The Motley Fool

Is It Time To Call The Top On Lloyds Banking Group plc, Taylor Wimpey plc, Ted Baker plc & Greggs plc?

Calling a top for a particularly share is no easy task. The momentum effect in stocks means shares that have a strong past performance usually also continue to do well in the near future. But, at some point, shares usually pull back after a strong run in its share price.

Lloyds Banking Group

Shares in Lloyds Banking Group (LSE: LLOY) have risen 168% over the past three years. But ever since shares in Lloyds reached 89 pence back in May 2015, its share price has struggled to make further gains. As of today, its share price has fallen back to 82.1 pence.

5G is here – and shares of this ‘sleeping giant’ could be a great way for you to potentially profit!

According to one leading industry firm, the 5G boom could create a global industry worth US$12.3 TRILLION out of thin air…

And if you click here we’ll show you something that could be key to unlocking 5G’s full potential...

Its latest quarterly results disappointed investors, as provisions for the mis-selling of paypment protection insurance and various conduct issues continued to mount. In the first half of 2015, the bank set aside another £1.4 billion. There remains uncertainty surrounding further litigation and conduct issues, but it appears the worst should be over.

Strong fundamentals, particularly with underlying growth in profitability and robust cash generation, should mean Lloyds shares have much further to climb. Underlying profits grew by 15% to £4.38 billion; whilst statutory pre-tax profits increased 38% to £1.19 billion. With its common equity tier 1 ratio rising to 13.3%, well above its statutory minimum of 11%, Lloyds is in a very strong position to boost shareholder returns.

Analysts expect Lloyds will eventually increase its dividend payout ratio to 50% of net income. Currently, analysts expect dividends will total 2.7 pence in 2015 and 4.1 pence in 2016, which implies a forward dividend yield of 3.2% and 4.9%. With such tremendous dividend growth, shares in Lloyds do not appear to have reached their top.

Taylor Wimpey

Shares in Taylor Wimpey (LSE: TW) have risen 318% over the past three years, as housebuilding margins have expanded substantially and construction activity continues to pick up. Unlike share in Lloyds, momentum in Taylor Wimpey’s share price does not seem to be slowing. Nor should it. The housebuilder continues to deliver double-digit earnings growth, and analysts are just as optimistic about the future.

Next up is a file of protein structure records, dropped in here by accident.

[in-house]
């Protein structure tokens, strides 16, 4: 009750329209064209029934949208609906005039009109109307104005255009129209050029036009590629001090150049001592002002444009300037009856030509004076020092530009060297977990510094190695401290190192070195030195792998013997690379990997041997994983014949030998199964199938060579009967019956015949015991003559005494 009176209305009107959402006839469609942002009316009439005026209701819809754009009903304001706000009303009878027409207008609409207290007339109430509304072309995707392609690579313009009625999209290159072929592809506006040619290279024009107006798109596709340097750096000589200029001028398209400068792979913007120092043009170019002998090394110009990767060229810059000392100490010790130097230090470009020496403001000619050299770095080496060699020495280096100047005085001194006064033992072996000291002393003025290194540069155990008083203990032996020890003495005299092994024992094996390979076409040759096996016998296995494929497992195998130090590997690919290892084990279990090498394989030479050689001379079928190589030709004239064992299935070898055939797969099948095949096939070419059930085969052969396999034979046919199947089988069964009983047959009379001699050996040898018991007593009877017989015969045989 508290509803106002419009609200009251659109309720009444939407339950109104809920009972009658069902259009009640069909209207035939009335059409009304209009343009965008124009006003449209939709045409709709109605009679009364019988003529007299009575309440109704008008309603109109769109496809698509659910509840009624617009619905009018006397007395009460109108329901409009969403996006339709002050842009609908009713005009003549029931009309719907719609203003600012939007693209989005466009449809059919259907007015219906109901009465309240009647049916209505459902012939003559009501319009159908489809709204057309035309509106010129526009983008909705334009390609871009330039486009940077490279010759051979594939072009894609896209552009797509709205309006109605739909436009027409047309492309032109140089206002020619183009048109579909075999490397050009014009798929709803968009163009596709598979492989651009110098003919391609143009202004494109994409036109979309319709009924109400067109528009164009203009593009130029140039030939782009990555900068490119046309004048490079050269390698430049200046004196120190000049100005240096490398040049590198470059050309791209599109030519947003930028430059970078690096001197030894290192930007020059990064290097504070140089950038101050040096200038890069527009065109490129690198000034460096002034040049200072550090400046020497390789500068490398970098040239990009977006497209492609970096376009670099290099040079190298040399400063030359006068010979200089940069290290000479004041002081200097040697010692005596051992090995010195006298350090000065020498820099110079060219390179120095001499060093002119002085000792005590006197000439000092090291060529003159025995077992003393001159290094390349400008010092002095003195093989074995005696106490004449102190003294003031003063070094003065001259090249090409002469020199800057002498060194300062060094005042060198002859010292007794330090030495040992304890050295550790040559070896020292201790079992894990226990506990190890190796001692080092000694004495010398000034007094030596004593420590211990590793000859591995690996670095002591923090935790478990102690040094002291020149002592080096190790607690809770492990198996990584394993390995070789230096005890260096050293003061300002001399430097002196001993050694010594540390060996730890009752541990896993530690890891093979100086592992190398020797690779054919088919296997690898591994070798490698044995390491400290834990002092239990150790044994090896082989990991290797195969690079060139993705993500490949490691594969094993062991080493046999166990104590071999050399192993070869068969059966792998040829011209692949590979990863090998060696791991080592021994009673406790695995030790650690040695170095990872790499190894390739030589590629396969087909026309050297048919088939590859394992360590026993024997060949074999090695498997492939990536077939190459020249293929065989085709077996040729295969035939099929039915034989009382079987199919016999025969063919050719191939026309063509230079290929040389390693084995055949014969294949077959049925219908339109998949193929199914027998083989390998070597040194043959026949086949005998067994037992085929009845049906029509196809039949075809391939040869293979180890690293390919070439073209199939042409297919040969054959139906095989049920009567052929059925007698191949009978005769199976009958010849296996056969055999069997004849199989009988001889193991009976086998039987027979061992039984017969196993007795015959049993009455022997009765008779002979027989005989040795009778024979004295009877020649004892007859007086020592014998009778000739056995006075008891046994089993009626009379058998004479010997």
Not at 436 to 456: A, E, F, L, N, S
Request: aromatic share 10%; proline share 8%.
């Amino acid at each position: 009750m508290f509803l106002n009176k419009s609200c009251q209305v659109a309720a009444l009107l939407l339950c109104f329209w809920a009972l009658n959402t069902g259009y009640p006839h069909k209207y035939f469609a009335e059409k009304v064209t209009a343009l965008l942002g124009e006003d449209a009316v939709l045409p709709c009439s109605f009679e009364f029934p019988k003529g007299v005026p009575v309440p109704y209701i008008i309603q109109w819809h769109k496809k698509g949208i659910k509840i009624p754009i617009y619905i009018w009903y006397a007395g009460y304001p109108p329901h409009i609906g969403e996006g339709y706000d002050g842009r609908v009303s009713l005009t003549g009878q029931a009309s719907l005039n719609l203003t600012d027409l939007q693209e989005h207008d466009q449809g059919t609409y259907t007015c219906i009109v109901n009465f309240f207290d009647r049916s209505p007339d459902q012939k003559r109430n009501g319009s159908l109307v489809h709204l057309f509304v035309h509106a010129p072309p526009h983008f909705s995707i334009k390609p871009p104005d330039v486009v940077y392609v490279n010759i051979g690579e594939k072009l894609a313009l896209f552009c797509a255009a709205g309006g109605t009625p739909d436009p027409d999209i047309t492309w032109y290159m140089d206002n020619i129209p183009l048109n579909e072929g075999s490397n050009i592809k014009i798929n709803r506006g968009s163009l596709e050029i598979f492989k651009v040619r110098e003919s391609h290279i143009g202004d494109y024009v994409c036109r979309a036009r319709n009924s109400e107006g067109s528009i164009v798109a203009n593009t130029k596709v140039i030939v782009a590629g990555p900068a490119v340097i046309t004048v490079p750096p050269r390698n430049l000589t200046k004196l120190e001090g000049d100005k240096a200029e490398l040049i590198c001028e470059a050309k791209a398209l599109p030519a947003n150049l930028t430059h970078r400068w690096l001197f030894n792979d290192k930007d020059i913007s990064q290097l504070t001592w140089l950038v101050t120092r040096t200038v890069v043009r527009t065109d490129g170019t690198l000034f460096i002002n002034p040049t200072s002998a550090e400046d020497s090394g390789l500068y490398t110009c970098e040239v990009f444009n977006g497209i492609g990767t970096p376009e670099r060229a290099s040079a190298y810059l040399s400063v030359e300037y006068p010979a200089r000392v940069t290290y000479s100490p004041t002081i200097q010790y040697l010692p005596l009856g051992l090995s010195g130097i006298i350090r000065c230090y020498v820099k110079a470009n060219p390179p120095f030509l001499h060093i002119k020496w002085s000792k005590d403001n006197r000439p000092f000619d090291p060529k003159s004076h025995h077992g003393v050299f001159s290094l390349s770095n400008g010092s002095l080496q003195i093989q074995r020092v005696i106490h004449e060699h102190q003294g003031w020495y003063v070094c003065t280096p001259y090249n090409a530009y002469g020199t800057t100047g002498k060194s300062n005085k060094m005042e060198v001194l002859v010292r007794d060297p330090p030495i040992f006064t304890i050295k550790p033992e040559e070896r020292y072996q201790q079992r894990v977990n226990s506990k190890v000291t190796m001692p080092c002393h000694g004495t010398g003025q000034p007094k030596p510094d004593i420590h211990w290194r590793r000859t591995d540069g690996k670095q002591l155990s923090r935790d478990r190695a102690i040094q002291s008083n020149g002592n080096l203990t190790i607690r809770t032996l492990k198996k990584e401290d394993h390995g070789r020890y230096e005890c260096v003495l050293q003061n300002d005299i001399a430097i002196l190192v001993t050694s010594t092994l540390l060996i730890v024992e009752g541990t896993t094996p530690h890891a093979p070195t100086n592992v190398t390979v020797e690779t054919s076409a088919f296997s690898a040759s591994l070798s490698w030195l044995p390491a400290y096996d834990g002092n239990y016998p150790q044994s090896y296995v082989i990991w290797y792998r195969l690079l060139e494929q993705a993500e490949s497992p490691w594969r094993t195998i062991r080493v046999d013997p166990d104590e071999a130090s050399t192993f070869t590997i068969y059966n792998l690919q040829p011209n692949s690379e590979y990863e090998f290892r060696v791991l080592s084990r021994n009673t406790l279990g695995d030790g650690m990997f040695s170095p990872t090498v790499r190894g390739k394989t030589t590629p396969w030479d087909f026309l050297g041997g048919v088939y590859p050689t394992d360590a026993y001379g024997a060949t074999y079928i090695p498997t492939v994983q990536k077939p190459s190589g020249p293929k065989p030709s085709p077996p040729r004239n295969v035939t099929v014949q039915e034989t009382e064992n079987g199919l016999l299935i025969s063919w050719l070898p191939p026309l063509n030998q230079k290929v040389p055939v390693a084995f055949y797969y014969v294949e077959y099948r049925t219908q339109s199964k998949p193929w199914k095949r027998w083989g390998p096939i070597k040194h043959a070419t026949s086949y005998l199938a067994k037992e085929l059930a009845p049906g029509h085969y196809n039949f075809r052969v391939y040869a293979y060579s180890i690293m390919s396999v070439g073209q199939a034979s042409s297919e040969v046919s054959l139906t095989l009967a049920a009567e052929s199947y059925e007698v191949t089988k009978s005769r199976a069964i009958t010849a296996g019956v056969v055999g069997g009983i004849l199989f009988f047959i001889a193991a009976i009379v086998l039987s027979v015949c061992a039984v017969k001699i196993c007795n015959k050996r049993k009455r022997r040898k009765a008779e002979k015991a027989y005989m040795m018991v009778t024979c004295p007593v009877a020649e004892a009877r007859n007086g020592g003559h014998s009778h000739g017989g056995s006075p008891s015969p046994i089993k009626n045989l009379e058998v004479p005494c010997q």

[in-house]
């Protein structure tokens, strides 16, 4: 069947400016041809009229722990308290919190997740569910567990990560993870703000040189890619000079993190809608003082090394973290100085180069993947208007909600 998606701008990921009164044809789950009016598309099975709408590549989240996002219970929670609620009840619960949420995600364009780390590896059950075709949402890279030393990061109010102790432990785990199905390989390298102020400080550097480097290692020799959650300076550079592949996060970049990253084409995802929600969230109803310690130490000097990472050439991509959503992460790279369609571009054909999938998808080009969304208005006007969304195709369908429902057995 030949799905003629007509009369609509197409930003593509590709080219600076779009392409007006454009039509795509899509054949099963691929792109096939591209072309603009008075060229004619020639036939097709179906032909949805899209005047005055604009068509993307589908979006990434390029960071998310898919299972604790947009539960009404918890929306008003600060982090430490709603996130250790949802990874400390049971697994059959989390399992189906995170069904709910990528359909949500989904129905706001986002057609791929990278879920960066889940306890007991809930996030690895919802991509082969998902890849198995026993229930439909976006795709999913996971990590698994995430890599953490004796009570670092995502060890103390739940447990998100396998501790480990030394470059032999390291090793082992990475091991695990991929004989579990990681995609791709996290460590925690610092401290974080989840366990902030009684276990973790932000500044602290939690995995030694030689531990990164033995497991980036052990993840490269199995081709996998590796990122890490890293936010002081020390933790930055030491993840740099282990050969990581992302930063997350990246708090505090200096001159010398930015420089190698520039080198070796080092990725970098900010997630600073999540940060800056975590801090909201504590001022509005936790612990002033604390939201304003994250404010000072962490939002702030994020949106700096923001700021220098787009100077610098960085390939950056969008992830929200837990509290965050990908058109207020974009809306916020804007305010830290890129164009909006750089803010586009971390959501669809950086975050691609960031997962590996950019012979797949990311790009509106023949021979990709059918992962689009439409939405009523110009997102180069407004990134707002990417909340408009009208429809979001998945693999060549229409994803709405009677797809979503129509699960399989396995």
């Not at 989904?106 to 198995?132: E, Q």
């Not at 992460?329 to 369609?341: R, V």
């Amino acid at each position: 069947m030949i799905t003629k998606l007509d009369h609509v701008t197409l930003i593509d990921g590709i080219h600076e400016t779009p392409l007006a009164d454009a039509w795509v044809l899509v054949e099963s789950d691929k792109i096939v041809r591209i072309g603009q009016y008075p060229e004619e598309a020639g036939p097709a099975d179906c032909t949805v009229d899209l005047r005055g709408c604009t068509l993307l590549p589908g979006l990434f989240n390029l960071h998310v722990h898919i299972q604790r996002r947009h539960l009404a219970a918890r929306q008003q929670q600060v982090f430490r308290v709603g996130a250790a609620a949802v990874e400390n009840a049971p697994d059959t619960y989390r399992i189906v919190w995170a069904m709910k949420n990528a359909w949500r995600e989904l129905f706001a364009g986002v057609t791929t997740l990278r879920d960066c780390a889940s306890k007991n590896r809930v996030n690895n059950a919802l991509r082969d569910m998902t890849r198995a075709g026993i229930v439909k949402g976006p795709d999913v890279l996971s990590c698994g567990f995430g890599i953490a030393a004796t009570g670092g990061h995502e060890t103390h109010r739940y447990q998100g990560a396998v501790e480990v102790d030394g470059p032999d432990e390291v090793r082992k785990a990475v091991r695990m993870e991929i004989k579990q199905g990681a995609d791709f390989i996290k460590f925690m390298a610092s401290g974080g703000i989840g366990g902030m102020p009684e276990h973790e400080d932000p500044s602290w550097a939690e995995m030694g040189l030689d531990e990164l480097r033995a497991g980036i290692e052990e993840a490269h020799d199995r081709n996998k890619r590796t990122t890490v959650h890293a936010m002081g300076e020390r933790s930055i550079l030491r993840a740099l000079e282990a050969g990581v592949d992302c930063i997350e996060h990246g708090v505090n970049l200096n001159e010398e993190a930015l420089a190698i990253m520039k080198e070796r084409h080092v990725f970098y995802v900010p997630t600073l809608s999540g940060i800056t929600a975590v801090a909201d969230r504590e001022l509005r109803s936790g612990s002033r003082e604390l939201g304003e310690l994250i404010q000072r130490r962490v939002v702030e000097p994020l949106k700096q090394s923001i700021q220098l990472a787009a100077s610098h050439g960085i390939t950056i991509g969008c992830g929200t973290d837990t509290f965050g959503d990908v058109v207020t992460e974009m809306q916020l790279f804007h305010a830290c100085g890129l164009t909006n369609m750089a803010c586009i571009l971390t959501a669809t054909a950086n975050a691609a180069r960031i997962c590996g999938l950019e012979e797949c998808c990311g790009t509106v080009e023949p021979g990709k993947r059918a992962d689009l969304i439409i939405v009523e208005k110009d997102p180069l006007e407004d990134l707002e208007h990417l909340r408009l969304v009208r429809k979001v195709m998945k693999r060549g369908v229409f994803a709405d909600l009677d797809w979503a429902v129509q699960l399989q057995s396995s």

Analysts currently expect underlying EPS will increase 32% this year, to 14.8 pence. This implies its shares trade with a forward P/E of 13.1. Underlying EPS is also predicted to grow another 15% in 2016, which lowers its 2016 forward P/E to 11.5. On top of this, it has a prospective 2015 dividend yield of 4.8%.

Ted Baker

Ted Baker (LSE: TED) is not showing signs of slowing down. Underlying EPS grew 21% in 2014/5, as the fashion group continues its international expansion drive. Analysts are also optimistic about future earnings growth, with expectations that underlying EPS will grow further by 21% in 2016/7 and 16% in 2016/7.

Unfortunately, its forward earnings multiples are becoming quite stretched. Its forward P/E is 32.5 on 2015/6 earnings, and it would only fall to 27.9 on 2016/7 earnings. With such expensive valuations, any setback in earnings growth could send its earnings multiple to tumble back down to the mid-teens. And that would be a long way to fall from today’s levels.


Shares in Greggs (LSE: GRG) are also pricey. Its forward P/E is 25.6 and the shares yield just 1.7%. So far, though, things are looking up. An improving economy is lifting household disposable incomes, and its customers are spending more money at its store. An expanded product range, including new healthier choices and higher margin products, helped lift first half profits 52% to £25.6 million. But increasing competition from its rivals and changing consumer tastes should mean Greggs’ earnings growth is likely to slow in the longer term. Although it may be too early to call a top, shares in Greggs are unlikely to have too much upside. 

“This Stock Could Be Like Buying Amazon in 1997”

I'm sure you'll agree that's quite the statement from Motley Fool Co-Founder Tom Gardner.

But since our US analyst team first recommended shares in this unique tech stock back in 2016, the value has soared.

What's more, we firmly believe there's still plenty of upside in its future. In fact, even throughout the current coronavirus crisis, its performance has been beating Wall St expectations.

And right now, we're giving you a chance to discover exactly what has got our analysts all fired up about this niche industry phenomenon, in our FREE special report, A Top US Share From The Motley Fool.

Click here to claim your copy now — and we’ll tell you the name of this Top US Share… free of charge!

Jack Tang owns shares in Taylor Wimpey. The Motley Fool UK has no position in any of the shares mentioned. We Fools don't all hold the same opinions, but we all believe that considering a diverse range of insights makes us better investors.

Our 6 'Best Buys Now' Shares

Renowned stock-picker Mark Rogers and his analyst team at The Motley Fool UK have named 6 shares that they believe UK investors should consider buying NOW.

So if you’re looking for more stock ideas to try and best position your portfolio today, then it might be a good day for you. Because we're offering a full 33% off your first year of membership to our flagship share-tipping service, backed by our 'no quibbles' 30-day subscription fee refund guarantee.

Simply click below to discover how you can take advantage of this.